Yesterday, the Court decided Mount Lemon First District v. Guido, Dkt No. 17-587, 2018 WL 5794639 (Nov. 6, 2018), its first merits opinion of the October 2018 term. The question presented was whether the Age Discrimination in Employment Act of 1967 (ADEA) applied to political subdivisions regardless of whether they employed 20 or more employees. The Circuits had split on the question. I previewed the issues in the case in a series of two blog posts last May (here and here).
Writing for a unanimous Court, Justice Ginsburg concluded that the ADEA’s general numerosity requirement did not apply to political subdivisions. The decision was largely driven by a textual analysis of the ADEA’s definition of employer.
The ADEA defines employer as follows:
(b) The term “employer” means a person engaged in an industry affecting commerce who has twenty or more employees for each working day in each of twenty or more calendar weeks in the current or preceding calendar year: . . . The term also means (1) any agent of such a person, and (2) a State or political subdivision of a State and any agency or instrumentality of a State or a political subdivision of a State, and any interstate agency, . . .
Justice Ginsburg noted that the numerosity requirement in the first sentence, underlined above, applied only to “persons engaged in an industry affecting commerce.” The term “also means” in the second sentence signaled the addition of two distinct categories of entities to be covered as employers, namely (1) agents of those engaged in interstate commerce and (2) states, political subdivisions, and similar public entities. As Justice Ginsburg explained, ordinarily the term “also means” is “additive rather than clarifying.” Slip op. at 4. Thus, the second sentence of the definition of “employer” was not meant to assist in defining the “persons engaged in an industry affecting commerce” to whom the numerosity requirement applied, but to add categories of covered entities for whom there was no numerosity requirement. She noted that the phrase “also means” is often used in the U.S. Code in the same manner, id. at 4-5, referencing 12 U.S.C. § 1715z–1(i)(4), as an example.
Moreover, relying on a concession by the Fire District’s counsel at oral argument, Justice Ginsburg asserted that the numerosity requirement unquestionably applied to agents. Id. at 5. Thus the numerosity requirement could not apply to government entities. The statute could not reasonably be read to impose a numerosity requirement on agents but not on public bodies, since both were brought within the definition of “employer” by the same sentence. Nor was there any need to justify interpreting the definition of “employer” differently for purposes of the ADEA and Title VII, such a disparity was simply “a consequence of the different language Congress chose to employ” in the two statutes. Slip op. at 6.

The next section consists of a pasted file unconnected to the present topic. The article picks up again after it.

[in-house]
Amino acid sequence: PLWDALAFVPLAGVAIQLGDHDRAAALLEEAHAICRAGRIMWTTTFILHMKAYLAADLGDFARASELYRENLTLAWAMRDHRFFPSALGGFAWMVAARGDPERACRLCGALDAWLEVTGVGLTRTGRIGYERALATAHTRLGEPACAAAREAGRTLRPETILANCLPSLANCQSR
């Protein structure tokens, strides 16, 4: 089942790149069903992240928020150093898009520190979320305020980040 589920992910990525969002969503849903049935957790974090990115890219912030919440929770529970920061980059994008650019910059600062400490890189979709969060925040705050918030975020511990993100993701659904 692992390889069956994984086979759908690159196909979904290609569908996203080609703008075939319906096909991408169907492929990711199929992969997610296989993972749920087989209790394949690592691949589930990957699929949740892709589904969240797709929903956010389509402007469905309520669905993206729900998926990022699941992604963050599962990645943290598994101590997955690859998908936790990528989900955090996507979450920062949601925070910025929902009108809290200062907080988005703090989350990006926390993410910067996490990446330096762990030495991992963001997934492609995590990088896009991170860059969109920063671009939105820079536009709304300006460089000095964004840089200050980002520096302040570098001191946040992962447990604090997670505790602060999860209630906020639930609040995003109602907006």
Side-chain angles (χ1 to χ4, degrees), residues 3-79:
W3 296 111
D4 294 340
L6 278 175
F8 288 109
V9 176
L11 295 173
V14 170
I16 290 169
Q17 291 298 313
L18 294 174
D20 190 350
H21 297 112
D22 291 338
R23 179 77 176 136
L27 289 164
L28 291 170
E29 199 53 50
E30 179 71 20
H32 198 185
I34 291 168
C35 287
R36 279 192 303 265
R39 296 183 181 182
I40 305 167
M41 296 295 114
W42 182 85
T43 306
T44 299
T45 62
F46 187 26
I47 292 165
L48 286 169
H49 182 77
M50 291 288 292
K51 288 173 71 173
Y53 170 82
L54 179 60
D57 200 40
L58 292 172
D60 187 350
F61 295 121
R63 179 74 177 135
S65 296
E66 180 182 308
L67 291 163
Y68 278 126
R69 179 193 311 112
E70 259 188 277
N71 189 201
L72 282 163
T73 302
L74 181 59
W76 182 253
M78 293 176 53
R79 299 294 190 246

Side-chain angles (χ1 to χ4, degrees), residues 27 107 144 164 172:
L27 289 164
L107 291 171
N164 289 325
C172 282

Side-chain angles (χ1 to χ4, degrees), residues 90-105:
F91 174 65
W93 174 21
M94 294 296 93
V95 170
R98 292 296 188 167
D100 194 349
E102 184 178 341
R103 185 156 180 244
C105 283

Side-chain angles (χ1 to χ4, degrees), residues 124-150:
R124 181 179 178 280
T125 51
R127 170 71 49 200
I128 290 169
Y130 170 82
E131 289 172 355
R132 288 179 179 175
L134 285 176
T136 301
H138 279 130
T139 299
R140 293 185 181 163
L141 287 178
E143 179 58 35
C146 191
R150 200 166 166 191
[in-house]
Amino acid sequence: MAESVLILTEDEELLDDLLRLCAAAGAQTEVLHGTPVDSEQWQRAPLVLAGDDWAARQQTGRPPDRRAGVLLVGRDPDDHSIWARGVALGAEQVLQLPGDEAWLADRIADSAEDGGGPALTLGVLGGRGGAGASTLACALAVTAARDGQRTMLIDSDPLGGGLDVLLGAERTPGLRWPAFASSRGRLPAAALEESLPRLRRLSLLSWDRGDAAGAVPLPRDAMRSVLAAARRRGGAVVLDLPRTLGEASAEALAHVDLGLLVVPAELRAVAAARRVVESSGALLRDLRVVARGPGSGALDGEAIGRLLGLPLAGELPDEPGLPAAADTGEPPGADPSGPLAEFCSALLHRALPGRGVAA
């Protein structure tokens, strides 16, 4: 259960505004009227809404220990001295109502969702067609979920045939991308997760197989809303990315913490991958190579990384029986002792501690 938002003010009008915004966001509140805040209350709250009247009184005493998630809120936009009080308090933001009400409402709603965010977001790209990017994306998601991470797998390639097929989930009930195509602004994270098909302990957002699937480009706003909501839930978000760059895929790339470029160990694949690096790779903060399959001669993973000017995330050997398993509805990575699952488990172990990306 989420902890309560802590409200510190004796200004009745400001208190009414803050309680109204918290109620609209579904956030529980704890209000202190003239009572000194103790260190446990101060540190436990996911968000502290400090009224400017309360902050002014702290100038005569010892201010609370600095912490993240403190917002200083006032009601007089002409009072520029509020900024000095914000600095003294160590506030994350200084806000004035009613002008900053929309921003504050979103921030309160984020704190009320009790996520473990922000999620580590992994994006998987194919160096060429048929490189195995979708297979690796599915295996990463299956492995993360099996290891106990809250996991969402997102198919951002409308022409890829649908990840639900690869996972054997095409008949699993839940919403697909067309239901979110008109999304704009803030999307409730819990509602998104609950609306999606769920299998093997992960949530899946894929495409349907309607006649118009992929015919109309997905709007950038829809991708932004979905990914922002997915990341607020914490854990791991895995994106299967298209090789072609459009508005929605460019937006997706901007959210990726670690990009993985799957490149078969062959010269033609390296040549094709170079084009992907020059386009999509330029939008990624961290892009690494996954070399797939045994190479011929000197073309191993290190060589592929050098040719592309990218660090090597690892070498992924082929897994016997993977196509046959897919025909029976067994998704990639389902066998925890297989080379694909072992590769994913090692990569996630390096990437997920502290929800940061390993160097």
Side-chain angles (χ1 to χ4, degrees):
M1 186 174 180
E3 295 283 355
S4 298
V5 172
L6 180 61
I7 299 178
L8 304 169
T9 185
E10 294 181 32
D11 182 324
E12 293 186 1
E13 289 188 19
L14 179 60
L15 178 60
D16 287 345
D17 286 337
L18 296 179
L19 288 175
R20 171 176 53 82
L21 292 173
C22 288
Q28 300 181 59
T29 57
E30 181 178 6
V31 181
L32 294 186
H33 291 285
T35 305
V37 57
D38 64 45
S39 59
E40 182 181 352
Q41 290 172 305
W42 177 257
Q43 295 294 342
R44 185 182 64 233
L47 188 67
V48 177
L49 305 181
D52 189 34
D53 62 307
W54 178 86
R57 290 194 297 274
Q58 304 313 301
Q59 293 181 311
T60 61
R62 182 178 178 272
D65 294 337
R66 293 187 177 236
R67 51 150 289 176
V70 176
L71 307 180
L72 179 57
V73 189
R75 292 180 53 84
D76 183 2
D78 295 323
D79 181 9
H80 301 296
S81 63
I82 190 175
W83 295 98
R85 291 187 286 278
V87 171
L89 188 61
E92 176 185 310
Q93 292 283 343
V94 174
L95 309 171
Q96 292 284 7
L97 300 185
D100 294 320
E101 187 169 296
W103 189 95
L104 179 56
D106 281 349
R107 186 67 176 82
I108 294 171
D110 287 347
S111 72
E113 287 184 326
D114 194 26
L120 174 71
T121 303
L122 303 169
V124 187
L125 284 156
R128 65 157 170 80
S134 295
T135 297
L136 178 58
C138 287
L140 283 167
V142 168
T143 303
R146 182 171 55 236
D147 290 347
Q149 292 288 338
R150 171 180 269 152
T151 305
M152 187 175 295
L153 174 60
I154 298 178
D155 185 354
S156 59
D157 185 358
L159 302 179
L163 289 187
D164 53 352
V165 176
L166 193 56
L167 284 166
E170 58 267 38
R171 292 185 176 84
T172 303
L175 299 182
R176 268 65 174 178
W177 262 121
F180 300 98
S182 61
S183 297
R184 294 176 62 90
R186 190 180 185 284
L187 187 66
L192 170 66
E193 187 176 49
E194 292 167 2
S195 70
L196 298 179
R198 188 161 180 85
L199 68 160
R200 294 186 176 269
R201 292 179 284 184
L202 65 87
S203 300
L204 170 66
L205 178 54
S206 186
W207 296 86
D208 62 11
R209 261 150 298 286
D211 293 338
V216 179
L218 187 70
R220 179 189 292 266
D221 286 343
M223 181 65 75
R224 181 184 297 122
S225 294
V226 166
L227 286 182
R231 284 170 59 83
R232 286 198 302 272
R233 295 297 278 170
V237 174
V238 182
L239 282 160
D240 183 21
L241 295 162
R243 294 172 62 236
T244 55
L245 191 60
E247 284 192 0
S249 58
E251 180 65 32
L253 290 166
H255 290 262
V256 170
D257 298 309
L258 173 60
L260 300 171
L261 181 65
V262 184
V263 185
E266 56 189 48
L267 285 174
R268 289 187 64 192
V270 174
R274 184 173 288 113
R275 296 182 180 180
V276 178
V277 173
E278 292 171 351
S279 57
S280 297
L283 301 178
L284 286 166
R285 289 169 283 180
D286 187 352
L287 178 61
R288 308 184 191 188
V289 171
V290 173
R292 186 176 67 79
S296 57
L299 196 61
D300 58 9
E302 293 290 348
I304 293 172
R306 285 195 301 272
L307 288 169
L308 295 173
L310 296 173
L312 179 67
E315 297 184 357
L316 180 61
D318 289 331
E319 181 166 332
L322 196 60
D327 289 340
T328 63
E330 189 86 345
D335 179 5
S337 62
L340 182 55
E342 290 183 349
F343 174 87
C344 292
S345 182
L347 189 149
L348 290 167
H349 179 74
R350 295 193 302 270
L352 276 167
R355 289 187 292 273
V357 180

Justice Ginsburg also rejected the Fire District’s argument that applying the ADEA to small public entities would have untoward effects on the provision of vital public services, observing starchily that “experience suggests otherwise.” Id. In this context she noted that the EEOC had for over 30 years construed the ADEA to have no numerosity requirement for public bodies. Id.
So the Justices unanimously agreed that there was no need to debate the applicability of the Gregory v. Ashcroft federalism clear statement rule, Gregory v. Ashcroft, 501 U.S. 452, 460, 464 (1991). Nor was the any need to plumb the legislative history or otherwise seek to discern the Congress’s rationale for failing to provide a numerosity limitation on liability under the ADEA as it had for Title VII. Nor did conservatives’ traditional inclination to protect the sovereign immunity of public entities, particularly state and local government, come into play.
Who knew resolving the case would be so simple and non-contentious?
 “[T]he term ‘elderly families’ means families which consist of two or more persons the head of which (or his spouse) is sixty-two years of age or over or is handicapped. Such term also means a single person who is sixty-two years of age or over or is handicapped.”